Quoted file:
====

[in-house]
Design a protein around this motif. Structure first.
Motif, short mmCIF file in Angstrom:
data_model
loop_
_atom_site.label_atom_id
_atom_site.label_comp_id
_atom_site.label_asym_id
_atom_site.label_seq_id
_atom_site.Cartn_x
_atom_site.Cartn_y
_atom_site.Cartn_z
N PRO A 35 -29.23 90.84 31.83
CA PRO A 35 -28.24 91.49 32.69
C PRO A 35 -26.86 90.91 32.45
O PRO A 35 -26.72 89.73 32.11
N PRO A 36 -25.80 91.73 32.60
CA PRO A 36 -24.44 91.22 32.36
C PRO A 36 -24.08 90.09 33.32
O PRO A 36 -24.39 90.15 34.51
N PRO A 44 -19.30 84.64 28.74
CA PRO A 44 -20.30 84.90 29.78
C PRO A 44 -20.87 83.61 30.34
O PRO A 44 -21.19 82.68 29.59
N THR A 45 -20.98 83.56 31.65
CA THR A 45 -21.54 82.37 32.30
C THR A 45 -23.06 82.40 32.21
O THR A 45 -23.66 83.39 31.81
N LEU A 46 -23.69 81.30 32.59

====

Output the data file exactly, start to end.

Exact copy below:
[in-house]
Design a protein around this motif. Structure first.
Motif, short mmCIF file in Angstrom:
data_model
loop_
_atom_site.label_atom_id
_atom_site.label_comp_id
_atom_site.label_asym_id
_atom_site.label_seq_id
_atom_site.Cartn_x
_atom_site.Cartn_y
_atom_site.Cartn_z
N PRO A 35 -29.23 90.84 31.83
CA PRO A 35 -28.24 91.49 32.69
C PRO A 35 -26.86 90.91 32.45
O PRO A 35 -26.72 89.73 32.11
N PRO A 36 -25.80 91.73 32.60
CA PRO A 36 -24.44 91.22 32.36
C PRO A 36 -24.08 90.09 33.32
O PRO A 36 -24.39 90.15 34.51
N PRO A 44 -19.30 84.64 28.74
CA PRO A 44 -20.30 84.90 29.78
C PRO A 44 -20.87 83.61 30.34
O PRO A 44 -21.19 82.68 29.59
N THR A 45 -20.98 83.56 31.65
CA THR A 45 -21.54 82.37 32.30
C THR A 45 -23.06 82.40 32.21
O THR A 45 -23.66 83.39 31.81
N LEU A 46 -23.69 81.30 32.59